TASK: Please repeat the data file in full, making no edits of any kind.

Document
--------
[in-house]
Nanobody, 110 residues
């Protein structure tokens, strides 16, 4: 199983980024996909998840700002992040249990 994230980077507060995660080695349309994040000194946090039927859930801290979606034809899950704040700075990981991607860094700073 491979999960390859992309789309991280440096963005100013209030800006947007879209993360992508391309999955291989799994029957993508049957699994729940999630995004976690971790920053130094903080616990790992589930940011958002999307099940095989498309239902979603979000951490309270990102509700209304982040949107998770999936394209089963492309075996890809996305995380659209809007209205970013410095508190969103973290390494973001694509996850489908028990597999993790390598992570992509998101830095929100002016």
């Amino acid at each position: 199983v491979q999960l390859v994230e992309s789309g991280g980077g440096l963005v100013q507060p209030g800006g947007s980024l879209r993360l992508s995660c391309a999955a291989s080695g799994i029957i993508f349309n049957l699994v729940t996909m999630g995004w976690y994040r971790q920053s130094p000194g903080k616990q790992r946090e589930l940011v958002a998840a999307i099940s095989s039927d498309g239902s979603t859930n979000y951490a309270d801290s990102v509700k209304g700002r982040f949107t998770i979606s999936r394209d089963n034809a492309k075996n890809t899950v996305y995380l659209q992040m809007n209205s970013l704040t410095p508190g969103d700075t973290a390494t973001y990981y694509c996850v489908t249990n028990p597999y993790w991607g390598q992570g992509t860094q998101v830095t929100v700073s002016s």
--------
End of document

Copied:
[in-house]
Nanobody, 110 residues
């Protein structure tokens, strides 16, 4: 199983980024996909998840700002992040249990 994230980077507060995660080695349309994040000194946090039927859930801290979606034809899950704040700075990981991607860094700073 491979999960390859992309789309991280440096963005100013209030800006947007879209993360992508391309999955291989799994029957993508049957699994729940999630995004976690971790920053130094903080616990790992589930940011958002999307099940095989498309239902979603979000951490309270990102509700209304982040949107998770999936394209089963492309075996890809996305995380659209809007209205970013410095508190969103973290390494973001694509996850489908028990597999993790390598992570992509998101830095929100002016």
């Amino acid at each position: 199983v491979q999960l390859v994230e992309s789309g991280g980077g440096l963005v100013q507060p209030g800006g947007s980024l879209r993360l992508s995660c391309a999955a291989s080695g799994i029957i993508f349309n049957l699994v729940t996909m999630g995004w976690y994040r971790q920053s130094p000194g903080k616990q790992r946090e589930l940011v958002a998840a999307i099940s095989s039927d498309g239902s979603t859930n979000y951490a309270d801290s990102v509700k209304g700002r982040f949107t998770i979606s999936r394209d089963n034809a492309k075996n890809t899950v996305y995380l659209q992040m809007n209205s970013l704040t410095p508190g969103d700075t973290a390494t973001y990981y694509c996850v489908t249990n028990p597999y993790w991607g390598q992570g992509t860094q998101v830095t929100v700073s002016s």